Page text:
The three missions of the Presbyterian Church in the United States of America, the Dutch Reformed Church in America, and the United Presbyterian Church of Scotland worked together to establish the Tokyo Union Theological Seminary in the Tsukiji area of Tokyo in 1877. During this time the seminaries presided over by the missionaries in each mission merged to become the Tokyo Union Theological Seminary, starting with the Brown Academy (the remains of which can be found in the present-day Yokohama Kyoritsu Gakuen), which was opened in the Yamate area of Yokohama by Samuel Robbins Brown (1810 – 1880), a member of the Dutch Reformed Church of America. The Tokyo Union Theological Seminary would later participate in the establishment of Meiji Gakuin.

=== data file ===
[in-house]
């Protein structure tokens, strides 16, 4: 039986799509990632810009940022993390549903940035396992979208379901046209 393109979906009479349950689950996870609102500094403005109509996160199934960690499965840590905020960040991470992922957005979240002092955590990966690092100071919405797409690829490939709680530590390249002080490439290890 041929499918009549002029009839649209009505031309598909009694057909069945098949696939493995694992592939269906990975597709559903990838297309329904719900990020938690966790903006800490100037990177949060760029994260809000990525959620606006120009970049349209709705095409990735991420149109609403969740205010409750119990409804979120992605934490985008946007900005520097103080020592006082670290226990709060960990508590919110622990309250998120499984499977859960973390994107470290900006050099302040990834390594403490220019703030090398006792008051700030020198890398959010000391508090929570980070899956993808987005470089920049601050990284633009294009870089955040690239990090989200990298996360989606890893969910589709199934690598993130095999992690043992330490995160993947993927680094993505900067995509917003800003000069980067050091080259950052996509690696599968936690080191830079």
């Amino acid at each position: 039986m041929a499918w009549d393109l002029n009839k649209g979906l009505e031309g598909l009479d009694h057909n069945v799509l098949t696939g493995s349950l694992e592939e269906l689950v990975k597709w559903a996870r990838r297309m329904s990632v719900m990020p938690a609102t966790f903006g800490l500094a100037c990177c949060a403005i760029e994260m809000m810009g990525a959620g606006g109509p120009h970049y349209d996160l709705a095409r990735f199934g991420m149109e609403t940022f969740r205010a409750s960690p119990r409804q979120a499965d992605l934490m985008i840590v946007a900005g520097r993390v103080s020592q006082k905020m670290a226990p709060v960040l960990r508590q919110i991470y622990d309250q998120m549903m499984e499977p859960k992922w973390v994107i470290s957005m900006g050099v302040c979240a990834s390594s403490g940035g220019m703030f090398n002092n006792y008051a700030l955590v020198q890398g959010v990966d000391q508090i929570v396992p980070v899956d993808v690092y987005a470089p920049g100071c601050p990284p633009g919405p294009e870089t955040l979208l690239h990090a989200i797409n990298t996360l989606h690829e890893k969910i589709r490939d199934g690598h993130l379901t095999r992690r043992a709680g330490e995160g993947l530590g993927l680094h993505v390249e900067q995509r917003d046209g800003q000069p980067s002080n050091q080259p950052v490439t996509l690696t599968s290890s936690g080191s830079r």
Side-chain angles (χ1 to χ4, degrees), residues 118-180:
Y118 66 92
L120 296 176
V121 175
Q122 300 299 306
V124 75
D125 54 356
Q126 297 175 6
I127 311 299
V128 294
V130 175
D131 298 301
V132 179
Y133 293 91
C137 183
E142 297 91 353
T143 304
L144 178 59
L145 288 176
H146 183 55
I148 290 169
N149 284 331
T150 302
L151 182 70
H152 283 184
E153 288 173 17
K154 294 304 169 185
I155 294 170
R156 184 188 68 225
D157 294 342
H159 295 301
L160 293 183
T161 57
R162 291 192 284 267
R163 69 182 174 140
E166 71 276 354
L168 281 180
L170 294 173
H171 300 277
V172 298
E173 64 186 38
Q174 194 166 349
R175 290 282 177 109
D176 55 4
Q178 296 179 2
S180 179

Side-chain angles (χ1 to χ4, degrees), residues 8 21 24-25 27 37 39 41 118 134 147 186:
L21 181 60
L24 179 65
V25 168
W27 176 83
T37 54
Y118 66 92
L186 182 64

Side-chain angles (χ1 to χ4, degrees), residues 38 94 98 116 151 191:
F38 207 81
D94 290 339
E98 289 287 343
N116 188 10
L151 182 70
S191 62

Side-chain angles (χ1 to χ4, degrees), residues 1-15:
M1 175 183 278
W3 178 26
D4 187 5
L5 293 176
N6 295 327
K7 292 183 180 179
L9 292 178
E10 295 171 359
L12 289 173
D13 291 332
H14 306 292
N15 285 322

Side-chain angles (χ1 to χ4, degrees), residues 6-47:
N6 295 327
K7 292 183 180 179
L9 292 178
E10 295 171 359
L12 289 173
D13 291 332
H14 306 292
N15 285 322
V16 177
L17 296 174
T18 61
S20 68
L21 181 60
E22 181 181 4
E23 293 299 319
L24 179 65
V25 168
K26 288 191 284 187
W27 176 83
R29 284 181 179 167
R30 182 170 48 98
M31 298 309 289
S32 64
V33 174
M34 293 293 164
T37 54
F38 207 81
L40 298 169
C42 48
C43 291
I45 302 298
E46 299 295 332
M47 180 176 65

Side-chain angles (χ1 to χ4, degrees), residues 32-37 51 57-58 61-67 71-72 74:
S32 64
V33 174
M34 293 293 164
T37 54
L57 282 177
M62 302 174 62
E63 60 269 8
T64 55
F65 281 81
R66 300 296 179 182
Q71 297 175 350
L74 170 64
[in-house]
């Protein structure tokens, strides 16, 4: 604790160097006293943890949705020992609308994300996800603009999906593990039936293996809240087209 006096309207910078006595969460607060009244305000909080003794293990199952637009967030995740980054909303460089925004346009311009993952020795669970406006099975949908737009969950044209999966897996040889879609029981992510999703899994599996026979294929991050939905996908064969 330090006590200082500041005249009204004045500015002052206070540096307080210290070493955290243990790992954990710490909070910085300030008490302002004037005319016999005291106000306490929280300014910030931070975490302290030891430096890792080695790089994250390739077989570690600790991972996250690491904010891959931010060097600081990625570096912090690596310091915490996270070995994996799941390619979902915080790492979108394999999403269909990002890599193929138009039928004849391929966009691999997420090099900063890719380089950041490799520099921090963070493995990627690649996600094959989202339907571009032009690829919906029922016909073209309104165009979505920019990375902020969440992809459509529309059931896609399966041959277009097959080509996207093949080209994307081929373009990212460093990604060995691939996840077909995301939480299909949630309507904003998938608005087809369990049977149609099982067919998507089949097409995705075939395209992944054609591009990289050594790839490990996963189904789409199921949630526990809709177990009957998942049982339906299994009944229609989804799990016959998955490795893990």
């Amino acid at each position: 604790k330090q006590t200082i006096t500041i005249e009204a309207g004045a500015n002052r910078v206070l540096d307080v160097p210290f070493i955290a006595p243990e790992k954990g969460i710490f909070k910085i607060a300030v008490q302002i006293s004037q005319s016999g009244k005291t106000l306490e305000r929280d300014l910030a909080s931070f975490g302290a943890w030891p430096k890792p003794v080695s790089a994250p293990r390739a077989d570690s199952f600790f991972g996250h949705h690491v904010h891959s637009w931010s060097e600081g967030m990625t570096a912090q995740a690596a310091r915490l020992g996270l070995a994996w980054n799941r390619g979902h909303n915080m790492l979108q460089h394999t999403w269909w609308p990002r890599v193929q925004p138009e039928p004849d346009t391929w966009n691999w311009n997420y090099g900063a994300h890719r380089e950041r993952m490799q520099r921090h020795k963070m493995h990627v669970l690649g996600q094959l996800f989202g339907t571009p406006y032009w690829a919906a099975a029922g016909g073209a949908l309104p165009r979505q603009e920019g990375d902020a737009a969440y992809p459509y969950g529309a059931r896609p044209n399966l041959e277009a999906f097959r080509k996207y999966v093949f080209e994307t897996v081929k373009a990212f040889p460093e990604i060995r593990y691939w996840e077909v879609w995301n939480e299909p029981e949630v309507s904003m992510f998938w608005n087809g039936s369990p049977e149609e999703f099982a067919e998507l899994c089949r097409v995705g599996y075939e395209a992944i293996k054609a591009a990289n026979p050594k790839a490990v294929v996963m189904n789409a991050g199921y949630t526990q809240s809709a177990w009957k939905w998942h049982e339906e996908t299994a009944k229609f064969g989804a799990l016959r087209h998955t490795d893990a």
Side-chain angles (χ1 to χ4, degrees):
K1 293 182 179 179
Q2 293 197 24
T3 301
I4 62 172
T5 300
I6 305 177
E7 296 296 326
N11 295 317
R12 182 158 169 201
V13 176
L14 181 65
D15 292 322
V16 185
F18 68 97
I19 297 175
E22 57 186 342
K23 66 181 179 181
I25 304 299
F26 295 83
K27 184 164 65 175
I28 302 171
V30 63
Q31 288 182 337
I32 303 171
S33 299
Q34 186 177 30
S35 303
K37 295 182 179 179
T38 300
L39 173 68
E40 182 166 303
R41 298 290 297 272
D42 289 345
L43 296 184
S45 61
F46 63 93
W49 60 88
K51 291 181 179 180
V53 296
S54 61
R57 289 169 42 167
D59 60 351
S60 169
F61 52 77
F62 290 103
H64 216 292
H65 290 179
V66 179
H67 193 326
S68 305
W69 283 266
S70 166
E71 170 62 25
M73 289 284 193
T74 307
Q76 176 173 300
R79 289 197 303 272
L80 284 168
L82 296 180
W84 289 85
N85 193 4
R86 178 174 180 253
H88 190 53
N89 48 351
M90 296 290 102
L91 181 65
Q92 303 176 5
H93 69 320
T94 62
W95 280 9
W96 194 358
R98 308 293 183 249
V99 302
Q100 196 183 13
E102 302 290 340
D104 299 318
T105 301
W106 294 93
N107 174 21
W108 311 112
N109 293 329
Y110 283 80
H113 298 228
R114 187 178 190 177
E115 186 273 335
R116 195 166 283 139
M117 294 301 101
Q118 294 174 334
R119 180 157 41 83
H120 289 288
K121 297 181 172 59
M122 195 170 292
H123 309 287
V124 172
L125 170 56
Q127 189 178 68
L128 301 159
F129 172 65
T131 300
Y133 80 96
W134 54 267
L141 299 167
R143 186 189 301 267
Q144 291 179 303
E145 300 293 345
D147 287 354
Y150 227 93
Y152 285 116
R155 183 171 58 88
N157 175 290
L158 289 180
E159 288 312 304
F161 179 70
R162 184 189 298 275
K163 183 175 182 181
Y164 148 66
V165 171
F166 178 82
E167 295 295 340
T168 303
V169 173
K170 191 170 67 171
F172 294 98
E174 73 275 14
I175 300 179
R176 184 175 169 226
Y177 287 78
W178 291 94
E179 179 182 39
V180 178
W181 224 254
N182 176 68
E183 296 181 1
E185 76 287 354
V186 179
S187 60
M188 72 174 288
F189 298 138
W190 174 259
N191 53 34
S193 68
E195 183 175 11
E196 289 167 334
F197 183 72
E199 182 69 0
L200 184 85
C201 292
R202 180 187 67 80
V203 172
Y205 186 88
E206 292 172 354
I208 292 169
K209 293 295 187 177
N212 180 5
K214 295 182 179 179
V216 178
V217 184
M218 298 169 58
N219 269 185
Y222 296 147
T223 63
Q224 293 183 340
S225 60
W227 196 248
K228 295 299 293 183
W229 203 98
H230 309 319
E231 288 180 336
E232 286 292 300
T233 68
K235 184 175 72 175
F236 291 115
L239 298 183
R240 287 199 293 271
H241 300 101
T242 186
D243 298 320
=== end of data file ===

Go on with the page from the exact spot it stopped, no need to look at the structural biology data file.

S.R. Brown

I. The United Japanese-English Union School and the Japanese English Preparatory School: The Successors of the Hepburn Academy

The Hepburn Academy, which had come to be called the Ballagh School, moved to the Tsukiji area of Tokyo in 1880. It added college-level coursework and changed its name to the Tsukiji Dai-Gakko. Tsukiji Dai-Gakko went on to merge with a preparatory seminary in the Yamate area of Yokohama called the Senshi Gakko, thereby forming the United Japanese-English Union School. This successor to the Hepburn School was made up of a 4-year university and a 2-year preparatory school. Classes at the university were taught entirely in English. After that, the preparatory school moved to Awaji-machi in the Kanda area of Tokyo, changing its name to the Japanese English Preparatory School. The United Japanese-English Union School and the Japanese English Preparatory School also participated in the establishment of Meiji Gakuin.